At any given time about 25 percent of people in the U.S. report having low back pain within the last three months. A study published in Spine 2008, reported 92 percent found physical therapy helped their low back pain. In most cases low back pain is mild and disappears on its own. For some people however, back pain can return or hang on, leading to a decrease in quality of life or even disability.
If your low back pain is accompanied by the following symptoms, you should visit your local emergency department immediately:
These symptoms might indicate a condition called “cauda equina syndrome,” in which nerves at the end of the spinal cord are being compressed.
The signs and symptoms of low back pain vary a great deal. Your pain might be dull, burning, or sharp. You might feel it at a single point or over a broad area. It might be accompanied by muscle spasm or stiffness. Sometimes it might spread into one or both legs.
Often, low back pain occurs due to overuse, strain, or injury. It could be caused by too much bending, twisting, lifting or too much sitting. Poor posture or prolonged faulty positioning can cause low back pain.
Although low back pain is rarely serious or life threatening, it can be very painful and limiting you from very basic activities of daily living. There are several conditions that may contribute to low back pain, such as:
At Lake Country Physical Therapy and Sportscare, PC we provide a very thorough evaluation to identify the source of your pain including tests to identify signs or symptoms that could indicate serious health problems such as broken bones or cancer. If we suspect your low back pain might be caused by a serious health condition we will refer you to your primary care physician or a specialist for imaging tests such as x-rays, CT scans or MRI. For most low back pain, imaging tests are not needed for identifying the cause of your pain. As you may already know from reading our previous articles waiting more than 3 to 5 days can lead to more recovery time and as a result, in more money spent. Early intervention speeds recovery. Our focus on managing your pain is a first priority so movement is tolerable. We will use pain reflex release technique (PRRT, pronounced PERT) a specialized, gentle hands on manual therapy that quickly breaks the pain cycle. Using PRRT, 50 percent resolution of pain is expected and frequently found by the end of the first session. The techniques are quick, effective, gentle and involve tapping, flicking and touching – often far from the painful trigger region. Other manual therapy techniques such as joint mobilization and manipulation may also be used to restore alignment and break your pain cycle.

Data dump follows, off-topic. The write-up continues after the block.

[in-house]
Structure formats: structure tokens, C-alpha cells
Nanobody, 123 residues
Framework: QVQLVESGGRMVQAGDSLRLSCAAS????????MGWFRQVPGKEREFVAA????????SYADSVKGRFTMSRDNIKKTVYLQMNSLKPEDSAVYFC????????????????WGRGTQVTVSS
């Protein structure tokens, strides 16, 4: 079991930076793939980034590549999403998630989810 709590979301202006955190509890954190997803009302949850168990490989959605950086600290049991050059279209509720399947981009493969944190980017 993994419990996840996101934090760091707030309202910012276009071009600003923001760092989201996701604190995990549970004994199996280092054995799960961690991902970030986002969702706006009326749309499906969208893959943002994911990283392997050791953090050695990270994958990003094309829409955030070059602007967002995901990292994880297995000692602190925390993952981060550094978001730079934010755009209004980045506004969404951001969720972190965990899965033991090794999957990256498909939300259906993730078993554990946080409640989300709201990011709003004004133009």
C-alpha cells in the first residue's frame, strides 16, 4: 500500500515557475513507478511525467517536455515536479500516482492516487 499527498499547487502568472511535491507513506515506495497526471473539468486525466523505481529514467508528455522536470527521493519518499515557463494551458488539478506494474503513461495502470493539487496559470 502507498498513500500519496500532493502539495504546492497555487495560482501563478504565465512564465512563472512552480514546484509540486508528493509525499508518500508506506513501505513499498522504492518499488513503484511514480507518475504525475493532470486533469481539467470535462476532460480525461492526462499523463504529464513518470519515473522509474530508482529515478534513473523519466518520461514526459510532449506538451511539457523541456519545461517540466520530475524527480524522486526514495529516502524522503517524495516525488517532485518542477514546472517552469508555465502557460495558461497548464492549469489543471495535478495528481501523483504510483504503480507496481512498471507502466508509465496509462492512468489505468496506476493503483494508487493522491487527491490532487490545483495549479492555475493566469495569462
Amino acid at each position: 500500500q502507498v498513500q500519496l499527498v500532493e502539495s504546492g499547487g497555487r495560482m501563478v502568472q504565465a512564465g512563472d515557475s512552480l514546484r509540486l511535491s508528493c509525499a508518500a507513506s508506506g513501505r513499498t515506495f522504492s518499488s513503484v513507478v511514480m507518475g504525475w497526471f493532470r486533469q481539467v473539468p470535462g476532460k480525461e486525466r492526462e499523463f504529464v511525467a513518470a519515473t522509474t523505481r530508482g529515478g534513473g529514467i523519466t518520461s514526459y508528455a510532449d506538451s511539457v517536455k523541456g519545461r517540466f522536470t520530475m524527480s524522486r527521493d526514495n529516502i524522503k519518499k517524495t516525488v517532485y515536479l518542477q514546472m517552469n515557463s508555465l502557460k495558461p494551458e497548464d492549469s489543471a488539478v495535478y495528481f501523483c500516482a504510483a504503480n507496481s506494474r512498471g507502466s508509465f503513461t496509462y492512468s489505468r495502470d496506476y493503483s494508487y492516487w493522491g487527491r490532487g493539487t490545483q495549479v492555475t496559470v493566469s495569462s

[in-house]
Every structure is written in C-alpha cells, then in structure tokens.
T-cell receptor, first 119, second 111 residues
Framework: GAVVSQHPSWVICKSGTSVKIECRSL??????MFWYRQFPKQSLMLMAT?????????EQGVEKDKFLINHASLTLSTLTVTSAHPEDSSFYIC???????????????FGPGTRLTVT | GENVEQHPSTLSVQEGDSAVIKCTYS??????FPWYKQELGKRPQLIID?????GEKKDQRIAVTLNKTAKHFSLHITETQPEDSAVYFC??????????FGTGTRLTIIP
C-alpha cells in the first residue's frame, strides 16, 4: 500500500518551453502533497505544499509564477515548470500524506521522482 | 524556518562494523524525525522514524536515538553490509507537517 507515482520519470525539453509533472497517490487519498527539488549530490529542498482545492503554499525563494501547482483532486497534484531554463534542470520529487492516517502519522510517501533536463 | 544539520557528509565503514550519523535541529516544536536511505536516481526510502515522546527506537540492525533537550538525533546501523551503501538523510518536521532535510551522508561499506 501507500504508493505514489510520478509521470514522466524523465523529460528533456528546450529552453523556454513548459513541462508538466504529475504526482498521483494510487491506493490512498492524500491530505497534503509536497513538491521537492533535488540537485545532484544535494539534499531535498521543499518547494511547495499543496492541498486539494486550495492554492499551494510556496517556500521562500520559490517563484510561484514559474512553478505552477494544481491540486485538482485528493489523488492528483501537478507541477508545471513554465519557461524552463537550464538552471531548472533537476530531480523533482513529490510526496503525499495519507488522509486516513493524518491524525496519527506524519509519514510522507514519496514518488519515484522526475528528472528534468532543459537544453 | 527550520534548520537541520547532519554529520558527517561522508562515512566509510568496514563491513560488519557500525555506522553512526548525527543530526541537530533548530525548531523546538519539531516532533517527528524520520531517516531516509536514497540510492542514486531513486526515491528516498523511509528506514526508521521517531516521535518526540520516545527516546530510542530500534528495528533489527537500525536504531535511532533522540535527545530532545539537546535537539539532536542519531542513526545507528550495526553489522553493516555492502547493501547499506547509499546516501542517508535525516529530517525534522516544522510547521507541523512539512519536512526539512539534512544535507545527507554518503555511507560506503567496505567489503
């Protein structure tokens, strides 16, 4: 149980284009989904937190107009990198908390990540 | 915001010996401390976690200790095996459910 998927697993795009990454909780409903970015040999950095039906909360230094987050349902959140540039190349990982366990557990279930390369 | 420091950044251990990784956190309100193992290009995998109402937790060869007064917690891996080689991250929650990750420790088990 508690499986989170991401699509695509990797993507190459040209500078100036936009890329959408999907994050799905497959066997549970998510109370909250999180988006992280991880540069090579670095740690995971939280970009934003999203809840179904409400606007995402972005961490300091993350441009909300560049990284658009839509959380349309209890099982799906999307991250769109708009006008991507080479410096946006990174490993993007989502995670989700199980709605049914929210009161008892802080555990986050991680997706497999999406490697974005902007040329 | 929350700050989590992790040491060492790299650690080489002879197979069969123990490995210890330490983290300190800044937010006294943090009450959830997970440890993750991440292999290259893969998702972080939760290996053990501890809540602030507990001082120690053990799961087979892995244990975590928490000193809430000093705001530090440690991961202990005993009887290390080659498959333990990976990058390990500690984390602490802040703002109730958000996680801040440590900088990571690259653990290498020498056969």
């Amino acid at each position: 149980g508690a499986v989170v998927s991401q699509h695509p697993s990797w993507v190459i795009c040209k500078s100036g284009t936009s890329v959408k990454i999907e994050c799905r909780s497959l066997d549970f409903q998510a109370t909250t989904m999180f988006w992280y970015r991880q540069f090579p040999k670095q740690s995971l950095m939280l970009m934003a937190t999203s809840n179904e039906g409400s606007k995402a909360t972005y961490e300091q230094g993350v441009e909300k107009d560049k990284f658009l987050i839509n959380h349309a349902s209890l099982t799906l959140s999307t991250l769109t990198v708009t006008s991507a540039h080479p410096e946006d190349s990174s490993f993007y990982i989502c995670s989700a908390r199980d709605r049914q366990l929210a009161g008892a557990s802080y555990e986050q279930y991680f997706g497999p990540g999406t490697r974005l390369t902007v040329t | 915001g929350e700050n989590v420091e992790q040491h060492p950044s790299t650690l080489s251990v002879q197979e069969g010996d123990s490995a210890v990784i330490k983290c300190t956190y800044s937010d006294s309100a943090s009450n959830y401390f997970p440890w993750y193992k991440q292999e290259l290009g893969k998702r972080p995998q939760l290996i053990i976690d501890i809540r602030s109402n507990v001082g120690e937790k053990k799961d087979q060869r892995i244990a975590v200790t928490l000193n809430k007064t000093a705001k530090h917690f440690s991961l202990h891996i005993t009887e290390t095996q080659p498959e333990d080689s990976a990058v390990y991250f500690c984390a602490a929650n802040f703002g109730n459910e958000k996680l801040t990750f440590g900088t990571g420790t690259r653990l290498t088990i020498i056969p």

Once your pain is under control, specific mobility, flexibility and strengthening exercise will be instructed along with training of proper lifting, bending, sleeping and sitting and for chores both at home and at work. We emphasize teaching you how to take care of yourself and how to prevent injury or recurrence of your low back pain.
Wishing you Good Health,
Zoe Fackelman, PT
Article also written with attribution to moveforwardpt.com